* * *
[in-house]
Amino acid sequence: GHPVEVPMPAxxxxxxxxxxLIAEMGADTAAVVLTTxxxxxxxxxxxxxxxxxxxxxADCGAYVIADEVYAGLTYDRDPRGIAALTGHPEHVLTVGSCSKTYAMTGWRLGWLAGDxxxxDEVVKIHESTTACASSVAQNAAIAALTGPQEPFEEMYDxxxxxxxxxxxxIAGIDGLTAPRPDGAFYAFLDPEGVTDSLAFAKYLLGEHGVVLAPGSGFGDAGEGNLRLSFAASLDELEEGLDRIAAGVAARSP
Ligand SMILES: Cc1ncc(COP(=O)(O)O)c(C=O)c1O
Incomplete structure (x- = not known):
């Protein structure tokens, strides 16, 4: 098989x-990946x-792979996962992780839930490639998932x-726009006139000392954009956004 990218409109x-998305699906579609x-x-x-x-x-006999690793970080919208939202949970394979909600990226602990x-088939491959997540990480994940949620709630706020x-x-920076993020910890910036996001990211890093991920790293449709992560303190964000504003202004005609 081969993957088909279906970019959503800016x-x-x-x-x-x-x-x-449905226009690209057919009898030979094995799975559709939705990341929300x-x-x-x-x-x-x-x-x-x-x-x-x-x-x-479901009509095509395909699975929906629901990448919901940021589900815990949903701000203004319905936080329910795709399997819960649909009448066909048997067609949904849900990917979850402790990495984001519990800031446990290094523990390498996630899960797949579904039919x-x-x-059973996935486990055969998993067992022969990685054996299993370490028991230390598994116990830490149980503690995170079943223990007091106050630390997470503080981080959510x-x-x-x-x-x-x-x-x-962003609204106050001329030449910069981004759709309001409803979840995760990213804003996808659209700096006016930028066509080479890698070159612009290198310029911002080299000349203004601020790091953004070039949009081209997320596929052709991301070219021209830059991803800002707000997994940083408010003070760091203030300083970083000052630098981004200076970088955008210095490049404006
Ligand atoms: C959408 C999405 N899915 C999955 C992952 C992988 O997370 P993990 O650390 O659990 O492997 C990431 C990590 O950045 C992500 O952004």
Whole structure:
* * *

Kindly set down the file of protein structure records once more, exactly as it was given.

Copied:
[in-house]
Amino acid sequence: GHPVEVPMPAxxxxxxxxxxLIAEMGADTAAVVLTTxxxxxxxxxxxxxxxxxxxxxADCGAYVIADEVYAGLTYDRDPRGIAALTGHPEHVLTVGSCSKTYAMTGWRLGWLAGDxxxxDEVVKIHESTTACASSVAQNAAIAALTGPQEPFEEMYDxxxxxxxxxxxxIAGIDGLTAPRPDGAFYAFLDPEGVTDSLAFAKYLLGEHGVVLAPGSGFGDAGEGNLRLSFAASLDELEEGLDRIAAGVAARSP
Ligand SMILES: Cc1ncc(COP(=O)(O)O)c(C=O)c1O
Incomplete structure (x- = not known):
């Protein structure tokens, strides 16, 4: 098989x-990946x-792979996962992780839930490639998932x-726009006139000392954009956004 990218409109x-998305699906579609x-x-x-x-x-006999690793970080919208939202949970394979909600990226602990x-088939491959997540990480994940949620709630706020x-x-920076993020910890910036996001990211890093991920790293449709992560303190964000504003202004005609 081969993957088909279906970019959503800016x-x-x-x-x-x-x-x-449905226009690209057919009898030979094995799975559709939705990341929300x-x-x-x-x-x-x-x-x-x-x-x-x-x-x-479901009509095509395909699975929906629901990448919901940021589900815990949903701000203004319905936080329910795709399997819960649909009448066909048997067609949904849900990917979850402790990495984001519990800031446990290094523990390498996630899960797949579904039919x-x-x-059973996935486990055969998993067992022969990685054996299993370490028991230390598994116990830490149980503690995170079943223990007091106050630390997470503080981080959510x-x-x-x-x-x-x-x-x-962003609204106050001329030449910069981004759709309001409803979840995760990213804003996808659209700096006016930028066509080479890698070159612009290198310029911002080299000349203004601020790091953004070039949009081209997320596929052709991301070219021209830059991803800002707000997994940083408010003070760091203030300083970083000052630098981004200076970088955008210095490049404006
Ligand atoms: C959408 C999405 N899915 C999955 C992952 C992988 O997370 P993990 O650390 O659990 O492997 C990431 C990590 O950045 C992500 O952004």
Whole structure: